Daily Flash Fiction Challenge 125: The PM

 This is the 125th in a series of 365 Flash Fiction stories I’m writing. You can find out more about the challenge here.

The PM, by Jonathan L. Lawrence, 4th April 2013

Word count: 645

The story:

Life returned to normal slowly. The war, the insurgency, and the victory, they had taken months, but life after was slow.

It wasn’t hard for Doctor Hammersmith to understand why, everywhere you looked signs of the occupation stared you in the face. Empty homes, possibly from those that fled the cities not yet to return, most likely they were slaughtered.

Still life went on, and it was Doctor Hammersmith’s job as Prime Minister to make sure it did. Which was why this very day he was sat behind his desk at his office in York about to sign into law an order for mandatory service for everyone over the age of fourteen to apply for no more than ten years.

It was the most extreme law he had passed, but a nation in shock and mourning would not survive, life must go on.

“Margaret,” he called, and in moments the Prime Minister’s secretary popped her head round the door.

“Yes sir?”

“Fetch me Cooper Sinclair,” he instructed her.

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Daily Flash Fiction Challenge 124: The Quarry

This is the 124nd in a series of 365 Flash Fiction stories I’m writing. You can find out more about the challenge here.

The Quarry, by Jonathan L. Lawrence, 3rd April 2013

Word count: 625

The story:

Callum dug himself deeper into the coat rack inside the fashion store. He waited warily, he could hear his pursuers inside the shop kicking things over trying to find him.

It had been two hours of relentless chase, and they were determined. Breaking into the shop had been Callum’s act of desperation, it was the only thing he could think of, his energy was spent, he needed time to recharge.

“He’s in here somewhere,” growled one of the pursuers.

“We’ve looked, what if he’s not? He might have broken the door to distract us,” another said.

“Right, I want a watch on the front and rear exits, the rest of us will spread out see if we can’t pick up his scent,” the first voice said.

Callum breathed a small sigh of relief. It was in that moment he felt his drained powers starting to return finally.

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Daily Flash Fiction Challenge 123: Potential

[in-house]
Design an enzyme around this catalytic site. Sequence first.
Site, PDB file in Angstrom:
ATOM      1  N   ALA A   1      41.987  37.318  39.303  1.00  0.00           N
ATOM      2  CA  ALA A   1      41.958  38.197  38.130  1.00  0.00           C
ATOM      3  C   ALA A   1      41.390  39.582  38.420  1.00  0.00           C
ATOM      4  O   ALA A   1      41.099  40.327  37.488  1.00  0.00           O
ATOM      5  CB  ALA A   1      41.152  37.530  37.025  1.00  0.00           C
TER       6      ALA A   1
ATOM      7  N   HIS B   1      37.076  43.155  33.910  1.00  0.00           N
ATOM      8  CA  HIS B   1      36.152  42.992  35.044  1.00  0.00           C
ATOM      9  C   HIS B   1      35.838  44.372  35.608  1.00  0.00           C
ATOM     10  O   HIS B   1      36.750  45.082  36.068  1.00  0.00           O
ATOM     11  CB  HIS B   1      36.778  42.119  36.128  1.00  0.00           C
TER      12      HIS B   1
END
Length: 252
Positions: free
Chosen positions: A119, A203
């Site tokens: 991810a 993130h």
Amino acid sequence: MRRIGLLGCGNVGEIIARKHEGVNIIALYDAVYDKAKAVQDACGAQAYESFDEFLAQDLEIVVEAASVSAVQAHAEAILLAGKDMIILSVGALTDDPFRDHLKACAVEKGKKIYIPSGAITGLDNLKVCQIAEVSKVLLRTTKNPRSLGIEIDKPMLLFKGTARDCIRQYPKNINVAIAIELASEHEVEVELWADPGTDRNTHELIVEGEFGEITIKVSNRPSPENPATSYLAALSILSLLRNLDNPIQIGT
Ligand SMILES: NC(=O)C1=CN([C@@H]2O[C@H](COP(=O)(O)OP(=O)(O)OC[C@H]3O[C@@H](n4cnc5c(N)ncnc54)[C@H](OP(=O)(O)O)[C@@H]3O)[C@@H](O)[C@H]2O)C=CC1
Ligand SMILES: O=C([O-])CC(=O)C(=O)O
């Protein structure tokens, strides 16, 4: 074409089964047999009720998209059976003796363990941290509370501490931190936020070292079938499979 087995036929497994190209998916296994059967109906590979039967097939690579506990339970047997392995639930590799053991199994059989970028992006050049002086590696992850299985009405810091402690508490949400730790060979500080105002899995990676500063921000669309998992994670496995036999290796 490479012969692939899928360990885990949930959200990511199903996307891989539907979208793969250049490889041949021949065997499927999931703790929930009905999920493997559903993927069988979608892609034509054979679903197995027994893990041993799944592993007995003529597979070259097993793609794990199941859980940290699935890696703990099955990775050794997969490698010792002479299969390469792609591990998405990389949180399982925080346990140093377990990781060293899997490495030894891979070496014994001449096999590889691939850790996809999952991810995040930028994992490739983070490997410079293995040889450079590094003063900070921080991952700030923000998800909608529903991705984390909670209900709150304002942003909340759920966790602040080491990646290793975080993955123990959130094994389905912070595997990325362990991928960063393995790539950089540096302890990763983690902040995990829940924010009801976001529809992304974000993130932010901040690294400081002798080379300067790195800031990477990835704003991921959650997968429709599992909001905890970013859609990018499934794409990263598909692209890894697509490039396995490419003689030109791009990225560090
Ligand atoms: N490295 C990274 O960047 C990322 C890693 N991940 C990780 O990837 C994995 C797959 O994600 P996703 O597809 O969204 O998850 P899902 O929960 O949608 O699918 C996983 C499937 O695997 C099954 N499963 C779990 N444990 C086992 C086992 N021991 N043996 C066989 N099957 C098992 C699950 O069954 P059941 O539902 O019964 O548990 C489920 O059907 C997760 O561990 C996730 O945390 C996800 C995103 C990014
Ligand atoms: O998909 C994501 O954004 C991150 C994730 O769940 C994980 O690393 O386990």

This is the 123nd in a series of 365 Flash Fiction stories I’m writing. You can find out more about the challenge here.

Potential, by Jonathan L. Lawrence, 2nd April 2013

Word count: 639

The story:

“You understand your here to learn, not play,” the man said seriously.

“Yes, John,” the boy said dismissively.

“John isn’t even my name,” the man complained, “You can call me Mister Simmons.”

“Whatever you say John,” the boy said.

“Okay, let’s just talk for a bit, Michael,” Mister Simmons said taking a seat opposite the young teen, “Man to man, okay?”

“Whatever,” a Michael said, uncertain at the new approach.

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Daily Flash Fiction Challenge 122: Meadow Hell

This is the 122nd in a series of 365 Flash Fiction stories I’m writing. You can find out more about the challenge here.

Meadow Hell, by Jonathan L. Lawrence, 1st April 2013

Word count: 278

The story:

“You must be joking,” the police officer said.

“Do I look like I’m joking?” the army sergeant said, “Someone’s stolen a nuclear missile.”

“That’s why we need your help, there are teams coming in from all over the UK, but we have to get moving now,” the sergeant said.

“Okay, okay, what does it look like?”

“Are you joking now?” the sergeant asked, unamused, “It’s long and pointy, on a flatbed truck.”

The police officer turned away and used his radio to call dispatch. “Your kidding?” the police sergeant said, “And you’re sure? I don’t believe this.”

“What is it?” the army sergeant demanded.

“Three soldiers with it?” the policeman asked.

“Yes they’re missing too,” the sergeant said.

“Could have mentioned that, though I’ll grant you a missing nuclear warhead probably does take precedence,” the police officer said with no particular sense of urgency.

“Thankfully it’s not got a war head,” the sergeant said. “Now what did they just tell you?”

“Oh yes,” the policeman said, as if just remembering, “Three men in fatigues are currently arguing with a traffic warden about an illegally parked massive truck in the Meadowhall.”

“Your kidding? This is no time to be joking? Is it true?” the sergeant demanded in a torrent of questions.

“I’ve told the police officers in their way there to detain them there,” the policeman said, “If you hurry, I’m sure you can diffuse the situation.”

The sergeant rushed off to his Land Rover, leaving the police station without stopping to say thanks or even bye.

The policeman went to tell the whole station, not that anyone would believe the army had misplaced a nuclear missile in Meadowhall.